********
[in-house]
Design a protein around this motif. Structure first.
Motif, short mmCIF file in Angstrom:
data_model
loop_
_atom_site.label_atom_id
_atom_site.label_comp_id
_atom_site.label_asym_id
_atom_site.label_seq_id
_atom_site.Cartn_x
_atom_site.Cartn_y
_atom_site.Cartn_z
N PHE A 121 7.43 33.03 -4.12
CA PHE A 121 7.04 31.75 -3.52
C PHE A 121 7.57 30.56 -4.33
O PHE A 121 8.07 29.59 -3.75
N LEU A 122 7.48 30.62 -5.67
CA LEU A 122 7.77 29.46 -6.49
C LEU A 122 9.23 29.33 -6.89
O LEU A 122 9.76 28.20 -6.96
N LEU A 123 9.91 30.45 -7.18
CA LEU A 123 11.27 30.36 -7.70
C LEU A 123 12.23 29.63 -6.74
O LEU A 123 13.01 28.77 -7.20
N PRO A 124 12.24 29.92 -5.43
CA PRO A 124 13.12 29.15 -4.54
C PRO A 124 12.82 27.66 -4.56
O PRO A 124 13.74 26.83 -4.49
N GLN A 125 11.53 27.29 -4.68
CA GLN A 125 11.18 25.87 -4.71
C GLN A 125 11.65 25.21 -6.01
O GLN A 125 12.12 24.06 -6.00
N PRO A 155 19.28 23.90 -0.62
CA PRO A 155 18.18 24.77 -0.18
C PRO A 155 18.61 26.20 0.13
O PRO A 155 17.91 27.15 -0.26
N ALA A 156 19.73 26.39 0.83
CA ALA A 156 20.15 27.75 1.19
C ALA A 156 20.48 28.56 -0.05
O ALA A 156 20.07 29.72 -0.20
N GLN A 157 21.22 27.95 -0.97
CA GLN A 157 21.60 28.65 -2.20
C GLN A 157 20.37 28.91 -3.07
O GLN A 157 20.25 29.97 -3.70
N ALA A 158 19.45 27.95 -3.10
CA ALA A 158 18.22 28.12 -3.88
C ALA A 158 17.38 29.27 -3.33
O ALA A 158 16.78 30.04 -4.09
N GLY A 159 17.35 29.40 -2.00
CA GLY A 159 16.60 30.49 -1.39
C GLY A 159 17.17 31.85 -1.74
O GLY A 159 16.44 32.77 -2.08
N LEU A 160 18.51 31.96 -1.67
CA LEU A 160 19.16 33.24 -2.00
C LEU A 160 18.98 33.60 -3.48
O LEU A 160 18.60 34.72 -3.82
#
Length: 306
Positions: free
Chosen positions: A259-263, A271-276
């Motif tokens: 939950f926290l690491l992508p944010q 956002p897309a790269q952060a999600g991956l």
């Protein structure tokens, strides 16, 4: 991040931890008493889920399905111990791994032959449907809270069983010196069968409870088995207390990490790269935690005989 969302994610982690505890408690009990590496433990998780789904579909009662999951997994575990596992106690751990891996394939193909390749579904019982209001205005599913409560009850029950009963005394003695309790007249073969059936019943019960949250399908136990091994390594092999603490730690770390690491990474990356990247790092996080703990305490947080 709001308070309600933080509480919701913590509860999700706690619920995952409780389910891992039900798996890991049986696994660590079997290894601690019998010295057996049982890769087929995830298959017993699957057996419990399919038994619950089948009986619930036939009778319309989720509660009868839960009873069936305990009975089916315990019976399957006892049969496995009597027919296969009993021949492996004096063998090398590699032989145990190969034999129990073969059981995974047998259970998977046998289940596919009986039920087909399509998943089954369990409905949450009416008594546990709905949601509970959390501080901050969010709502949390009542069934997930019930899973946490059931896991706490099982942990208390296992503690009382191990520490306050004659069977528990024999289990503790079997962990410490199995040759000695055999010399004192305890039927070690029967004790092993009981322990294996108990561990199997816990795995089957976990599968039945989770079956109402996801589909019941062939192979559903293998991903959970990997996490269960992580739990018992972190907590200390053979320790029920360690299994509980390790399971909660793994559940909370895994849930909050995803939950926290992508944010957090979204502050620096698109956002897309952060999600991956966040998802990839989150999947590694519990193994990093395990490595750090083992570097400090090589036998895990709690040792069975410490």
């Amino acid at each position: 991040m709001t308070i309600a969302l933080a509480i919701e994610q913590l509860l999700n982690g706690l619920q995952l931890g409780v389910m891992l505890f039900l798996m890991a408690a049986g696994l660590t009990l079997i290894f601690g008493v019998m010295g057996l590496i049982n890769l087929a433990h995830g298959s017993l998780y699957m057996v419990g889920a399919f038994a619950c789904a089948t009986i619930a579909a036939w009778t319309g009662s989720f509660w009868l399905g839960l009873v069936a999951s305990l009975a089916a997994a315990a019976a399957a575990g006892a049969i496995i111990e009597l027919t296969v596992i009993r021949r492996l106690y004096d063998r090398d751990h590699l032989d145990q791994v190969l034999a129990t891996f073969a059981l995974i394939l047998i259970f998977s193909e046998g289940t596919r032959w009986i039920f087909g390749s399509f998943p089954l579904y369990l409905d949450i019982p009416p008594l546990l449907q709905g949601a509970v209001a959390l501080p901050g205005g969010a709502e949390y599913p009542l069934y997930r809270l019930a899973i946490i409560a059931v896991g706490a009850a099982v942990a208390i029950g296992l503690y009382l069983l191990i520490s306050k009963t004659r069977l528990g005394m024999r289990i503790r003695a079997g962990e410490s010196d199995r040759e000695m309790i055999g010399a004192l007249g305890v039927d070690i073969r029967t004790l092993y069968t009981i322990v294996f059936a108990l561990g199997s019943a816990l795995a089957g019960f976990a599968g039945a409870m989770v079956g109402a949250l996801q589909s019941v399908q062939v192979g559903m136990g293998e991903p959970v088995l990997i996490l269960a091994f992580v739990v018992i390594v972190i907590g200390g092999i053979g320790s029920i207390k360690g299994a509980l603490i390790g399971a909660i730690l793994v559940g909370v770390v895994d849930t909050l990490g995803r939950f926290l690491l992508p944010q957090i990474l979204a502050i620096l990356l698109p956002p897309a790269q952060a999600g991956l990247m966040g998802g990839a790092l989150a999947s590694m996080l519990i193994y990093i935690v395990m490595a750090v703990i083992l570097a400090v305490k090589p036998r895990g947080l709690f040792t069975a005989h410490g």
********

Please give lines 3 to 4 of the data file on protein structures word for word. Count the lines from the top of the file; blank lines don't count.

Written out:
Motif, short mmCIF file in Angstrom:
data_model